Eight Considerations when Renting or Buying a Property
Though many horse owners board, most of you reading this are, or will be, owners or renters of a horse property. As a horse trainer and a real estate broker in Washington, I have extensive experience with horse properties. I wish I had known more about potential pitfalls when I was new to the area and buying my own property. Whether buying or renting, there are important things to consider.
The Buying Process: As with horse training, it is important to select a professional who is right for you. Find someone knowledgeable about both horses and horse properties to help you. The commission is paid on the seller's end, so it is foolish not to have great help as a buyer. Also, contact a lender for pre-approval before getting too serious so time is not wasted looking at properties out of your price range.
Location: This first rule of real estate applies to horse properties. Have a good idea of what types of horse activities are available and the distance from the property. What are the roads like? How far away is the veterinarian? Are the neighbors horse friendly? It may be worth knocking on their door to ask! Is the property located on a busy road? Think clearly about the daily activities on a horse property and make sure that the location is ideal for those needs.
Acreage/Regulations: The regulations for horses per acre vary greatly from state to state, and within counties. Make sure the animal unit restrictions are known, and that the property is zoned for horse use and for the number intended. This is often less of an issue in areas where land is more plentiful and less expensive, but in NW Washington where I live, more than 5 acres in close proximity to town can be pretty pricey and carries more restrictions.
Drainage/Ground Quality: In areas that have high rainfall, this is a critical issue. It is best to look for properties that have a gentle slope (if a small acreage), or have some varied topography (if a larger acreage) so horses can find high, dry ground. My property has a lot of clay which makes for poor drainage in winter months (mud) and hard ground during the summer. Sandy loam soil makes for great drainage in the winter and less compaction in the summer. My very best suggestion, especially in the wetter areas, is to look at the property under heavy rainfall. Watch where the water naturally flows to know how much mud will accumulate. If a buyer's preference is to have their horses outside year round this is a major consideration.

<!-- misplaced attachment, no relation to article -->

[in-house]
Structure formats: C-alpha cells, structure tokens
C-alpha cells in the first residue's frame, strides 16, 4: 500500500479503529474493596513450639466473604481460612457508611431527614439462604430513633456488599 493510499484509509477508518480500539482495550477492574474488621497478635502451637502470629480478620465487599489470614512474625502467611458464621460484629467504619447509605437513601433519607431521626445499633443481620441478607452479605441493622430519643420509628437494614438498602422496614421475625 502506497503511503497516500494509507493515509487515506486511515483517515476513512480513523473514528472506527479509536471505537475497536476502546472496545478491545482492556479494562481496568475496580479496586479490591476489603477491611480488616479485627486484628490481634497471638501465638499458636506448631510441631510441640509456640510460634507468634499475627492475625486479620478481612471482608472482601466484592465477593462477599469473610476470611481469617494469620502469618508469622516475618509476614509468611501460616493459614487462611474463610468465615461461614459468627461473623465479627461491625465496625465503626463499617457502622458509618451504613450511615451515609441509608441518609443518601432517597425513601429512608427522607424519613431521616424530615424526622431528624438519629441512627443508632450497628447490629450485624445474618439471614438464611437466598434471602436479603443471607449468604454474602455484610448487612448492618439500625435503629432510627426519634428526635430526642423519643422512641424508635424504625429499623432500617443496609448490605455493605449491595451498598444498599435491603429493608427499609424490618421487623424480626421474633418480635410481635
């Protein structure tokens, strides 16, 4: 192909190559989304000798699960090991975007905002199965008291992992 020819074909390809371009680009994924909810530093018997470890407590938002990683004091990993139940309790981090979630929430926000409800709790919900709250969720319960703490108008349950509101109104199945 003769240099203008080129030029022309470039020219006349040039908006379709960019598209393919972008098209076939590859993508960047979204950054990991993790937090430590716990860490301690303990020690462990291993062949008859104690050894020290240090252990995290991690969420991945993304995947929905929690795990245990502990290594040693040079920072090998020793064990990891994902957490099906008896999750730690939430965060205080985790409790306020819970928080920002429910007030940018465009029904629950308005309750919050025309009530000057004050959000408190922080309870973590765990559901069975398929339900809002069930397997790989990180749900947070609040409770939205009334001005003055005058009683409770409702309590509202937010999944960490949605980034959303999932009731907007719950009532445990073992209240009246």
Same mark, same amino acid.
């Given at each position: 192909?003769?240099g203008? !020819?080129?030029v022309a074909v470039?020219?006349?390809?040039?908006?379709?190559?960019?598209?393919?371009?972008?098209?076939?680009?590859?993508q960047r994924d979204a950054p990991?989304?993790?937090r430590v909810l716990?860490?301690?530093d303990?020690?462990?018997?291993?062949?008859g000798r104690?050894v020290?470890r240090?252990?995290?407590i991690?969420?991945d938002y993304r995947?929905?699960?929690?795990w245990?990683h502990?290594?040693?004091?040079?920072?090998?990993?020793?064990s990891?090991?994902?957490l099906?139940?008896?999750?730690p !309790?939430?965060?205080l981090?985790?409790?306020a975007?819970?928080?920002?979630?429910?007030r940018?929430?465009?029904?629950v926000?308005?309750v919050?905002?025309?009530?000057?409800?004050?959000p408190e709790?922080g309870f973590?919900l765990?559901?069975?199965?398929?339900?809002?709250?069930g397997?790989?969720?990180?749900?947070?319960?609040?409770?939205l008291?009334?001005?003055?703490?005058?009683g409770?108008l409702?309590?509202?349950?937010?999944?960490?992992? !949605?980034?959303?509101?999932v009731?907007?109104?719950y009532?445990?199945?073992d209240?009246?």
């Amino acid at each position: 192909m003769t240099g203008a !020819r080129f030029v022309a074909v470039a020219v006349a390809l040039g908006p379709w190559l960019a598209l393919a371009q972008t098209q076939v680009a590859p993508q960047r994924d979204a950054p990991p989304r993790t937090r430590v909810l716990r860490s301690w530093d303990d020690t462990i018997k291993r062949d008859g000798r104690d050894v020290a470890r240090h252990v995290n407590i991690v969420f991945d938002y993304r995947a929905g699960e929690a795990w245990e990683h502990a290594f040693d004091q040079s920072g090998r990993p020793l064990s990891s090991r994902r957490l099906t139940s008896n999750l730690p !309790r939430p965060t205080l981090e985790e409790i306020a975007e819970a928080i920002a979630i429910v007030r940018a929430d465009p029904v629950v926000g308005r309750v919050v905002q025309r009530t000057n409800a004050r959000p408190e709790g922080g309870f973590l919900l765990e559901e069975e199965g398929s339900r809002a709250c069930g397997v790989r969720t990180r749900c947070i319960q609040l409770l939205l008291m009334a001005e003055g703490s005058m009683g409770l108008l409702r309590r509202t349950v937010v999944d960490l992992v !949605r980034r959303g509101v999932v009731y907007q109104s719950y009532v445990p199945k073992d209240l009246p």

Structures: Outbuildings such as barns with stalls, lean-tos, tool sheds, hay and equipment storage aren't given a lot of value with regards to listing price, but have high value to horse owners. Building a barn is costly and often can be purchased as an existing structure for a fraction of construction cost. Outbuildings are often not inspected as part of the home inspection, so it is wise to have a qualified contractor inspect all outbuildings. If there are no outbuildings, figure approximate construction costs to house horses, feed and equipment. This will help in comparing properties with structures, to properties without.
Arenas and Riding Space: If an arena and/or round pen are on the property, clearly address whether the fencing/panels are considered real, or personal property. Also, consider the footing and location. If there is no riding space, but one will be needed, where will it be located, and what is the estimated of cost of development? If there is an indoor arena, what are the construction specifics and condition, and what would it cost to replace the same arena?
Fencing: Anyone who has ever fenced a property knows that it is expensive and time consuming. Consider the type, safety and condition of all fencing on the property, and whether it will suit the intended future use and projected maintenance. I prefer a horse property to have an external fence line that is of a more permanent construction, rather than just electric fencing.
Water and Manure Removal: Be certain that there is sufficient water available to handle the number of horses and projected activity. If horses are only pastured, dragging the fields occasionally will probably suffice. However, most horses in the Northwest spend at least some time stalled, so manure management is important.
Horse ownership and horse property management are both expensive endeavors. I encourage clients to write down everything they need from a horse property, then we assign an estimated cost to construct. This makes it much simpler to weigh out value when viewing properties.